The council has until the middle of this month to act on the mayor’s budget plan.

Auto/Economy
6:07 pm
Mon April 30, 2012

Chrysler factory to stay open this summer to make more Jeep Grand Cherokees

Chrysler says its Jefferson North Assembly Plant in Detroit will forgo the traditional two-week shutdown this summer.

The unusual move will help the company keep up with strong demand for the Jeep Grand Cherokee and Dodge Durango. 

Sales of the new Durango are up 33% from last year, and sales of the new Grand Cherokee are up 44%.  

The factory's employees are already working nine hour shifts plus two Saturdays a month, but Chrysler spokeswoman Jodi Tinson thinks they don't mind.

"Considering where we have been over the last couple of years, I think there is a very positive feeling that these vehicles are being so well received," says Tinson.   "And they (workers) are reaping the benefits by being able to work some overtime."

Chrysler had been planning to hire 1,100 new workers at the plant next January but will move that ahead to this November.

Transportation
6:06 pm
Mon April 30, 2012

New program, more promised improvements for Detroit buses

Sarah Hulett Michigan Radio

Detroit leaders are promising better service for the city’s more than 100,000 regular bus riders.

Officials phased in what they’re calling the "415 plan" this past weekend.

It promises service every fifteen minutes along the city’s four busiest bus routes during peak riding hours (6 am-6 pm).

Detroit Mayor Dave Bing turned bus management over to a private firm, Parsons Brinckerhoff, earlier this year. He credits them with improving service.

“I think the outside management team has worked very, very well with our employees," said Bing, speaking Monday during his first day back from more than a month-long battle with health problems. "They’re listening to each other, they’re good ideas being brought to the table, and the implementation plan is moving forward.”

But the four-fifteen initiative comes on the heels of cutbacks to other city bus routes, and the elimination of overnight service.

And while timely service has improved, city officials admit it’s still a long way from where it needs to be.

“It should be 90-95% [on-time]," said Detroit Department of Transportation CEO Ron Freeland. "Especially when you consider that most of our customers are going to use more than one bus line.”

In a report released just last week, the transit advocacy group Transportation Riders United gave Detroit’s bus system a “D-minus” grade—with only 63% of buses arriving on-time.

Science/Medicine
3:13 pm
Mon April 30, 2012

Report: Percentage of low-birthweight babies on the rise in Michigan

user anitapatterson morgueFile

A new report shows Michigan has made some progress in improving maternal and infant well-being.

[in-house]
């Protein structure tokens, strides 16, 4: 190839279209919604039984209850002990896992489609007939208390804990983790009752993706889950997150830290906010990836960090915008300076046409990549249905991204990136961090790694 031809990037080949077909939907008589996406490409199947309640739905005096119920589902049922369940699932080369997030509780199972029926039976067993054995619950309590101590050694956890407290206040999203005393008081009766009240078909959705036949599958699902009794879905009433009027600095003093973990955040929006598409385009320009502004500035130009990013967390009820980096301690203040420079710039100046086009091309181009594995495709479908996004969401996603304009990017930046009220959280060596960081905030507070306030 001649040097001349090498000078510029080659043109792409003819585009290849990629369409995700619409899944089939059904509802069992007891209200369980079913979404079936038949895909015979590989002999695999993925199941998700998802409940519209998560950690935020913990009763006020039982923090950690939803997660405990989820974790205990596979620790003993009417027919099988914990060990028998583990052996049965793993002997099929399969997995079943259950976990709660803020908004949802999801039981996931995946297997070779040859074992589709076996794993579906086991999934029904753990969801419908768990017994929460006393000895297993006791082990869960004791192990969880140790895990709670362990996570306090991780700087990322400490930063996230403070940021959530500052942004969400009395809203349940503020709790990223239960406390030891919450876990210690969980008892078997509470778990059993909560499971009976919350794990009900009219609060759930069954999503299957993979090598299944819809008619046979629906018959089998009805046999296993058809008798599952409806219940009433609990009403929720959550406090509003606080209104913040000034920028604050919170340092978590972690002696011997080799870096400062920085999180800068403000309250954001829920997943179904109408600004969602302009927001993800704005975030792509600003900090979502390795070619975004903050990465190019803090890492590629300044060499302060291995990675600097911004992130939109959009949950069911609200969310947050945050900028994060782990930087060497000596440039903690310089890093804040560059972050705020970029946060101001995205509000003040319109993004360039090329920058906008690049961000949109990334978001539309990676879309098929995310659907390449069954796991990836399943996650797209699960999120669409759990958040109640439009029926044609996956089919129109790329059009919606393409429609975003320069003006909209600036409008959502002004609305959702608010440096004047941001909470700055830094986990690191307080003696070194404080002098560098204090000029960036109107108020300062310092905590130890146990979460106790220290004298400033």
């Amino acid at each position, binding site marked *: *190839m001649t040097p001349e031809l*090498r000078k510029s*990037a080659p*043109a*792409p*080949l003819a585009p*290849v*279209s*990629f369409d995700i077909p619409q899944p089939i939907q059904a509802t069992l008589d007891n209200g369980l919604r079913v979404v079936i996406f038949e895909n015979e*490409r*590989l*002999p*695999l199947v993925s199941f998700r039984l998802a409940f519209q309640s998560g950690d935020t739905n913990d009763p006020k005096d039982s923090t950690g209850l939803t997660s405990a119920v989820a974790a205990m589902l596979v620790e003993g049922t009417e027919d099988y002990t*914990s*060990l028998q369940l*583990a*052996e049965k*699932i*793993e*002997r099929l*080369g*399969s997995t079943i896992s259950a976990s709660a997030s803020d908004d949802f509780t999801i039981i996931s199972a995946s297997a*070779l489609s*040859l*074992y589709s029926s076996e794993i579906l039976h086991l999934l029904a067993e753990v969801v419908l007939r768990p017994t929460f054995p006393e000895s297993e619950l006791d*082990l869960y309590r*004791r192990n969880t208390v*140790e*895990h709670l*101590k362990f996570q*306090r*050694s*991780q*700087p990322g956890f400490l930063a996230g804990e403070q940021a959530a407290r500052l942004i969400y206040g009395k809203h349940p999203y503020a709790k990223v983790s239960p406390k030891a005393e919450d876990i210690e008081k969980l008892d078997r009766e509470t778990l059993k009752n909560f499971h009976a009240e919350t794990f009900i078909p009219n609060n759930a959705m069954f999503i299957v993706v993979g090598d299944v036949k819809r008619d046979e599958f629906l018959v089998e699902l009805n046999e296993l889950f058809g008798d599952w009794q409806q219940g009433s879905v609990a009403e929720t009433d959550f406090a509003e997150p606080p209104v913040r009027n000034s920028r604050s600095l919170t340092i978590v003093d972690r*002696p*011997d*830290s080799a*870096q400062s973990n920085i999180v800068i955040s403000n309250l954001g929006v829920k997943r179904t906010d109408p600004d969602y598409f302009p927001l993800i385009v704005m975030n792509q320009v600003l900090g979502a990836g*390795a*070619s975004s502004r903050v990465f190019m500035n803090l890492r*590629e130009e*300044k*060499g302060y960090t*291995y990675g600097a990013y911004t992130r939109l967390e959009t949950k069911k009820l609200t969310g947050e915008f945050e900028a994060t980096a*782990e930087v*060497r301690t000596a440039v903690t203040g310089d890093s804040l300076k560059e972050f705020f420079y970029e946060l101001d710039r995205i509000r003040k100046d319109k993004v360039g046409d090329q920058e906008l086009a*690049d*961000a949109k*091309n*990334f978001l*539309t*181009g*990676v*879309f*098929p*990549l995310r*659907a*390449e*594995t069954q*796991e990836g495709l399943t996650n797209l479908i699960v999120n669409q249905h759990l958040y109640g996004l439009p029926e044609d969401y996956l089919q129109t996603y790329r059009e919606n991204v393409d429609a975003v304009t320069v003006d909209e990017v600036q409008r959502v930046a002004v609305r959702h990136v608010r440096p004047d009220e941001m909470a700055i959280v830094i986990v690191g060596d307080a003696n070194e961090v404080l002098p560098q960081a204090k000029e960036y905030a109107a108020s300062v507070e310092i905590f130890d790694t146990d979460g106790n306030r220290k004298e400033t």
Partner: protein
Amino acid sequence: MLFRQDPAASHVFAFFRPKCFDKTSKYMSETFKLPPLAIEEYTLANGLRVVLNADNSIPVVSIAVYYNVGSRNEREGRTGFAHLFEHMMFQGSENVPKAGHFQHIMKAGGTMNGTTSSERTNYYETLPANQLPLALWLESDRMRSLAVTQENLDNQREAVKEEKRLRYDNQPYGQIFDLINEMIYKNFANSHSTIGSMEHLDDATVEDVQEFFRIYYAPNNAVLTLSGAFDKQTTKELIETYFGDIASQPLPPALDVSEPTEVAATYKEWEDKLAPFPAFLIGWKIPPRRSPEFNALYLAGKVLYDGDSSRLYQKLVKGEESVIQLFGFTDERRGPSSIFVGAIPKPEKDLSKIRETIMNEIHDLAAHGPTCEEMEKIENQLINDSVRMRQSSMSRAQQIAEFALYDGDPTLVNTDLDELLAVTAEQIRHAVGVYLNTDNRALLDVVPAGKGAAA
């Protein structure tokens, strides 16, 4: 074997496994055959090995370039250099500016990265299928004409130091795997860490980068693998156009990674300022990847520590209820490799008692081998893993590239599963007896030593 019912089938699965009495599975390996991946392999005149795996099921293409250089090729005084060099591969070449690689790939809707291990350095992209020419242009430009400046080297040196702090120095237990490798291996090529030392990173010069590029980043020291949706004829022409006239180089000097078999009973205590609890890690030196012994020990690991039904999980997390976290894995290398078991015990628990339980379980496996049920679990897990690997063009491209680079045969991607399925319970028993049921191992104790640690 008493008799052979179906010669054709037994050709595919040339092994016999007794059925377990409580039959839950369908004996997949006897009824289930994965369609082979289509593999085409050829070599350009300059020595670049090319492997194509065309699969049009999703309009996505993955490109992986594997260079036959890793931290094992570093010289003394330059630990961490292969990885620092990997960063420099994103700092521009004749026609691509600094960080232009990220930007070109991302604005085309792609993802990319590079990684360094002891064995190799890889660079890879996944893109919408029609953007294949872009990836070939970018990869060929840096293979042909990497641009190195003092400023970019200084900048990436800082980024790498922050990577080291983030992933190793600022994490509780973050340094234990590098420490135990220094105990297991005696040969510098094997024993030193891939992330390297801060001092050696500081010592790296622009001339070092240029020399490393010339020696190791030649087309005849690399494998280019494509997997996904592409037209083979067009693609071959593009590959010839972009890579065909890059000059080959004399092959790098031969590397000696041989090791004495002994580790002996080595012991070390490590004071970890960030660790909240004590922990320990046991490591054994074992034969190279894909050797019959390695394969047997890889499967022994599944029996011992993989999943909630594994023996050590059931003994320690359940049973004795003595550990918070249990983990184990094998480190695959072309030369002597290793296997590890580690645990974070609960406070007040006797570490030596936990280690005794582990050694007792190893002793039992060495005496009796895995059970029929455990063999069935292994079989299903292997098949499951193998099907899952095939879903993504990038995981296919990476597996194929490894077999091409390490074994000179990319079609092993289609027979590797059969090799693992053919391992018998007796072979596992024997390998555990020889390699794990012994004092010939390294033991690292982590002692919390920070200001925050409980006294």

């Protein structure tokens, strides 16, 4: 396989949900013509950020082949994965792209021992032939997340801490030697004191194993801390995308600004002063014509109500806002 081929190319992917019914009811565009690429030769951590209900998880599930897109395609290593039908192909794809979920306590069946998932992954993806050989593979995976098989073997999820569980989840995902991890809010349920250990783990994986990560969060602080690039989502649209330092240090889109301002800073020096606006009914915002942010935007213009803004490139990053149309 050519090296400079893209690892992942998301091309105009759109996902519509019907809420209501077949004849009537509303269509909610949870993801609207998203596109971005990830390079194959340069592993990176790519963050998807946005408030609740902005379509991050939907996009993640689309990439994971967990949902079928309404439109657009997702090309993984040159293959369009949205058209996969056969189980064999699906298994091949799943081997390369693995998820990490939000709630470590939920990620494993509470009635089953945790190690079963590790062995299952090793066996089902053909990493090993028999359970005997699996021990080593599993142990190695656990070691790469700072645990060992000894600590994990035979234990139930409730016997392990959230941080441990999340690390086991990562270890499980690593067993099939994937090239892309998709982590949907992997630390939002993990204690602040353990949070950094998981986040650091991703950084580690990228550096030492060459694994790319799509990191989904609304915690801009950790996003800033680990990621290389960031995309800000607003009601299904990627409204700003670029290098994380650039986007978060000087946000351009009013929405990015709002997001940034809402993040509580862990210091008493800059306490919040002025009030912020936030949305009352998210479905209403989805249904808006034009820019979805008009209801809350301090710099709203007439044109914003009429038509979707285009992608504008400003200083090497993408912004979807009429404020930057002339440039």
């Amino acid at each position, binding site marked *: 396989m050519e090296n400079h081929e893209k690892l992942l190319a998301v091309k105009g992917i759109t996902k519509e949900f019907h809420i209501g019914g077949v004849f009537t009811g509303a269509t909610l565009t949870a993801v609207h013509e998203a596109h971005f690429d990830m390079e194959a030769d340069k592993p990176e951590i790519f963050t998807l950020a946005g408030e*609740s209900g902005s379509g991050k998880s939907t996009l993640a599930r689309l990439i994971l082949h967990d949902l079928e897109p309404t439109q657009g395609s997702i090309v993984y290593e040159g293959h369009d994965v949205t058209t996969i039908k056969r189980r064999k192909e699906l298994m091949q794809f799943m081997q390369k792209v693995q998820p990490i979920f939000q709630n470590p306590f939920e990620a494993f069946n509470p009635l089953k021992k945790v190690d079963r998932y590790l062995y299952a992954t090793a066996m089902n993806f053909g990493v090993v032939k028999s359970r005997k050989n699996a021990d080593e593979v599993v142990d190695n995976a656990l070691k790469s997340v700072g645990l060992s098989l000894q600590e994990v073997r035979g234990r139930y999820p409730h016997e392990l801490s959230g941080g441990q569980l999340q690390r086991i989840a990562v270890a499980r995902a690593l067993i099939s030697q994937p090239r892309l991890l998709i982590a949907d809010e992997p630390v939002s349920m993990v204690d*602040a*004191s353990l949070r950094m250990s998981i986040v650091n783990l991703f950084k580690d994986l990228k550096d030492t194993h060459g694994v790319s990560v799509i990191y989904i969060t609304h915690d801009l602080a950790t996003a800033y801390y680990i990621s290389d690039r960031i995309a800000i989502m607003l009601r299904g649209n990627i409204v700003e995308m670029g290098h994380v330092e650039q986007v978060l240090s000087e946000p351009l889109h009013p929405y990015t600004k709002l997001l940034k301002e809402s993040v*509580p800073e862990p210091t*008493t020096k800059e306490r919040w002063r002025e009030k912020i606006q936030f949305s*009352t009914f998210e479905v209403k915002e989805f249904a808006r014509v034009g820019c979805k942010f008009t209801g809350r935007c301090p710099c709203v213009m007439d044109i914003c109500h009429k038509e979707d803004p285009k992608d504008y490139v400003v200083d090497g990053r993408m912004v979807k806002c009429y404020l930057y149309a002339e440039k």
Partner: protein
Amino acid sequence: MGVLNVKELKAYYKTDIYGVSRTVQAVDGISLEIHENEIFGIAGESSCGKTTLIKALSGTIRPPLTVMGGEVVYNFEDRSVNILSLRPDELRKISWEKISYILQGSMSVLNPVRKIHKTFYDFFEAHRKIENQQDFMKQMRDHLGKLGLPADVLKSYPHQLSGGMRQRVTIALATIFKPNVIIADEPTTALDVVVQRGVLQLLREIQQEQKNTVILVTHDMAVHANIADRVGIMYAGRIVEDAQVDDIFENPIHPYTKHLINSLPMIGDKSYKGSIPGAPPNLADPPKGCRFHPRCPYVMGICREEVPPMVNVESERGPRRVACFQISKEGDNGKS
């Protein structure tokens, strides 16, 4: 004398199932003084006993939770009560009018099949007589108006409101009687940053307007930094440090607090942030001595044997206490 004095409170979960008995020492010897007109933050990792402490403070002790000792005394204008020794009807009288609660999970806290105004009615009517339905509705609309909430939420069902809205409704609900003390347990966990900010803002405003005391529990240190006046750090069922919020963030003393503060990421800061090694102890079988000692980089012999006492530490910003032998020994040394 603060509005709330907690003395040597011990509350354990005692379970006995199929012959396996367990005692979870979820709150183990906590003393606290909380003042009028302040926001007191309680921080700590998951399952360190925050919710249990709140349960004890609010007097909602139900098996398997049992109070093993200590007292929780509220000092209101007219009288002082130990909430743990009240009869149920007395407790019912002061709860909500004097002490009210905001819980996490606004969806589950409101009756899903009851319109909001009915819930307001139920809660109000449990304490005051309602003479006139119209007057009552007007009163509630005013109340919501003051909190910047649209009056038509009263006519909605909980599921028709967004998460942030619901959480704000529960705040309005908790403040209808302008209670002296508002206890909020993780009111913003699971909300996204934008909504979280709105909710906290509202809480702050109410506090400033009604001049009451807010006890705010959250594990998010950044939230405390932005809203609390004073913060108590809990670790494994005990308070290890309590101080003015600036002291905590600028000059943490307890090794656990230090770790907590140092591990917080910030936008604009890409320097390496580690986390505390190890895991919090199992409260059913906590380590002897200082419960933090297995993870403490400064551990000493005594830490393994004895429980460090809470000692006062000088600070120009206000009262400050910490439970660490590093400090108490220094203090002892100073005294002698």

The Michigan League for Human Services' Kids Count in Michigan project found a drop in the percentage of teen births over the past decade. Repeat births to teens and pre-term births have also decreased.

But it’s not all good news. Jane Zehnder-Merrell, Kids Count in Mchigan project director, says the state saw worsening trends over the decade in babies weighing less than 5.5 pounds, or low-birthweight babies.

"One of indicators that is of most concern is the 7 percent increase in low-birthweight, because that is what drives infant mortality particularly in the African American community."

African Americans babies had double the risk of being born too small, compared to white and Hispanic babies.

The report calls for more state investment in programs and policies to improve the well-being of mothers, and provide a stronger safety net for low-income families and their children.

Zehnder-Merrell says these data are not only indicators of how successful the next generation will be, but also "how successful our state will be."

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Politics
2:56 pm
Mon April 30, 2012

Industrial tax roll back headed to Michigan Senate

Andrew Jameson Wikimedia commons

A plan to roll back taxes...that some criticize, but others rely on...is expected to clear a major hurdle this week. A legislative committee is expected to wrap up hearings on the plan, and send it to the floor of the state Senate.

Maufacturers say there would be more hiring and investment in factories if not for Michigan’s unique tax on industrial equipment. The Senate plan would phase out the tax – starting next year -- by 2022.

But the Republican proposal would not replace all the revenue lost to local governments that rely on the tax as a source of funding for services. Communities with a big industrial presence would be hit the hardest.

They say with no guarantee that all the revenue will be replaced, they could be forced to cut services more than they have already, or increase other taxes to make up the difference.

Politics
2:03 pm
Mon April 30, 2012

Flint protestors gather to oppose emergency manager

Steve Carmody Michigan Radio

Protesters gathered in Flint to voice their opposition to the emergency manager in their city.

Since last December, Michael Brown, Flint's emergency manager, has been making decisions normally reserved for city council and the mayor. He's expected to present his budget plan for the city during a public meeting with Flint City Council tonight.

Kristin Longley of the Flint Journal reports the protestors gathered outside Flint City Hall before moving inside.

The group of more than 25 Flint residents and community members braved the rain to protest what they consider "taxation without representation" under the emergency manager in Flint.

Brown adopted a budget plan last week that includes fee increases for Flint residents as well as a possible reduction of 19 police officers and 31 firefighters through layoffs and attrition. Overall, city personnel would be reduced by about 150 positions.

Longley reports lifelong Flint resident Ralph Arellano would be willing to pay more taxes for better public safety in Flint - Arello said the emergency manager system "is undemocratic and undermines voters."

"It's all about public safety. There's not one person who lives in Flint who doesn't have some story about public safety," said Arellano, who said his home has been broken into twice. "The decisions they're making are short-term and they're short-sighted."

Protestors put up garage sale signs with the names of some of Flint's assets (ex. Brennan Park and Hurley Hospital) that could be sold off by Michael Brown should he decide to do so.